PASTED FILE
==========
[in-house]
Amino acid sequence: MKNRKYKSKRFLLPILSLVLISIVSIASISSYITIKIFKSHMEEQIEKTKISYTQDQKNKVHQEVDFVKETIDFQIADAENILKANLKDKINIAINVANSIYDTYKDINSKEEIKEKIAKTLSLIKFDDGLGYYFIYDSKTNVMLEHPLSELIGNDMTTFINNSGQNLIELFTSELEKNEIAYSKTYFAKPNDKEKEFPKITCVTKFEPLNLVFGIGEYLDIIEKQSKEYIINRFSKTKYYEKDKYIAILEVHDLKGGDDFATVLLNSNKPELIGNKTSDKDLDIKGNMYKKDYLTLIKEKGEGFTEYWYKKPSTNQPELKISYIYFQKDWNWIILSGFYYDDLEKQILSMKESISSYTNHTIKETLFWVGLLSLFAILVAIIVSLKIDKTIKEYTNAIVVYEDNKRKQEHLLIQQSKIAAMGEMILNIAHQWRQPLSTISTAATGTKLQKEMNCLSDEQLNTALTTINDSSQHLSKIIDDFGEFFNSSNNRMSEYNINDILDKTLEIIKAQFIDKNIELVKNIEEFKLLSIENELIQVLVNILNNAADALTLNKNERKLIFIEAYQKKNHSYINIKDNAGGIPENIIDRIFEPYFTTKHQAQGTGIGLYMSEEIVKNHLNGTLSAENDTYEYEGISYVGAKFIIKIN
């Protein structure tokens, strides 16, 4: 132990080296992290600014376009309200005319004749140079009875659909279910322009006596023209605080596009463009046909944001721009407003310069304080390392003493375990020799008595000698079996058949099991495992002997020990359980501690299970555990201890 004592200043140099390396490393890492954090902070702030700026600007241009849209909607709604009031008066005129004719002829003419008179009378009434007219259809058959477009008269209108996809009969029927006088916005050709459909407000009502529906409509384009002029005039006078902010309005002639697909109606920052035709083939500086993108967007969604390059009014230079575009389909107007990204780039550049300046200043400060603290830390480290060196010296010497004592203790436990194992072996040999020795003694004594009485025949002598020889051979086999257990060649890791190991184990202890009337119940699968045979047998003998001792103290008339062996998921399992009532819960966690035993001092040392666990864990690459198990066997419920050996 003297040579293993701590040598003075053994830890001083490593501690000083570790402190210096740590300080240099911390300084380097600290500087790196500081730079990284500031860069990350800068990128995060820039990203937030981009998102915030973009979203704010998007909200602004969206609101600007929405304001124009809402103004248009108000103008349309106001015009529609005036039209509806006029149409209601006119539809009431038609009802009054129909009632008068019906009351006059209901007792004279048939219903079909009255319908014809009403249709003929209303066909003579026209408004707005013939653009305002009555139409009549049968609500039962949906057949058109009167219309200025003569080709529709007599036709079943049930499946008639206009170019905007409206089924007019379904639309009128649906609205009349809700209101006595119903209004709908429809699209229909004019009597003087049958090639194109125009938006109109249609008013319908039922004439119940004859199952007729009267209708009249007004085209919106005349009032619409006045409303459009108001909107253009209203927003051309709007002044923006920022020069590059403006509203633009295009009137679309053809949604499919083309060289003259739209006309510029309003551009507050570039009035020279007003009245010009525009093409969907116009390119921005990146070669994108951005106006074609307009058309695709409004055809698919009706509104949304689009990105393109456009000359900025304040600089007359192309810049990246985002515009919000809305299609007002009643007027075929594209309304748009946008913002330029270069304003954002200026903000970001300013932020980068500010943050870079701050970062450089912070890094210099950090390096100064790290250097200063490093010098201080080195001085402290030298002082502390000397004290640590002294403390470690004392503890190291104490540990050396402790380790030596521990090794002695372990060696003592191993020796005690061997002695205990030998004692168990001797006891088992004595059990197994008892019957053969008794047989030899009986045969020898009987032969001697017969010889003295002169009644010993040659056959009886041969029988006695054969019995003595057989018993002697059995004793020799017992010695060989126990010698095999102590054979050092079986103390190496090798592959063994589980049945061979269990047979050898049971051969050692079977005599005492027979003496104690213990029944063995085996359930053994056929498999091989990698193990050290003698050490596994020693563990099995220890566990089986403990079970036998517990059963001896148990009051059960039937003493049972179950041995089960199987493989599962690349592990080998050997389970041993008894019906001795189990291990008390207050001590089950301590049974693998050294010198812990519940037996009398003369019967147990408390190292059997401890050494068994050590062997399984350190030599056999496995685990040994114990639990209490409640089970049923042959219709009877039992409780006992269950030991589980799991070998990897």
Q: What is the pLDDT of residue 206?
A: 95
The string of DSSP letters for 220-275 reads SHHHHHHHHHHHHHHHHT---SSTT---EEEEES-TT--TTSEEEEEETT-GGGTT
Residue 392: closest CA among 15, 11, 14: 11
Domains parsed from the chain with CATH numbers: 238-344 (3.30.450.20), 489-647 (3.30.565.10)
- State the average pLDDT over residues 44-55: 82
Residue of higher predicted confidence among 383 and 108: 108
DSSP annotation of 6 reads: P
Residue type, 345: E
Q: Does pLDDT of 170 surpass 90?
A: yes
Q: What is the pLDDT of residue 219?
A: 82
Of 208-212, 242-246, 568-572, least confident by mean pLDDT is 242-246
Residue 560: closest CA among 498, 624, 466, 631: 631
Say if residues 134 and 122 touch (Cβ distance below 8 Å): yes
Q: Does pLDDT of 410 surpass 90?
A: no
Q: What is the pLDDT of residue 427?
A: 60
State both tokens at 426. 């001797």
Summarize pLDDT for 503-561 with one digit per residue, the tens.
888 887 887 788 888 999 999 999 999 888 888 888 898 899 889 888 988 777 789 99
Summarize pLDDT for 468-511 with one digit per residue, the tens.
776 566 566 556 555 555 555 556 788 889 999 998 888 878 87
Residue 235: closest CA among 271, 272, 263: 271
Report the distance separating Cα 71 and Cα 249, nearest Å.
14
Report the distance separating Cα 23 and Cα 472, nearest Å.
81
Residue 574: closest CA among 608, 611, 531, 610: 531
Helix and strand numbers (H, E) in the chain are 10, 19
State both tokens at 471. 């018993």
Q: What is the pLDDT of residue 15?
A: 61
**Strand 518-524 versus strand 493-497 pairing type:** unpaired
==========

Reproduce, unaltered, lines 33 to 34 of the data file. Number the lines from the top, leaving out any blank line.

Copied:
81
Residue 574: closest CA among 608, 611, 531, 610: 531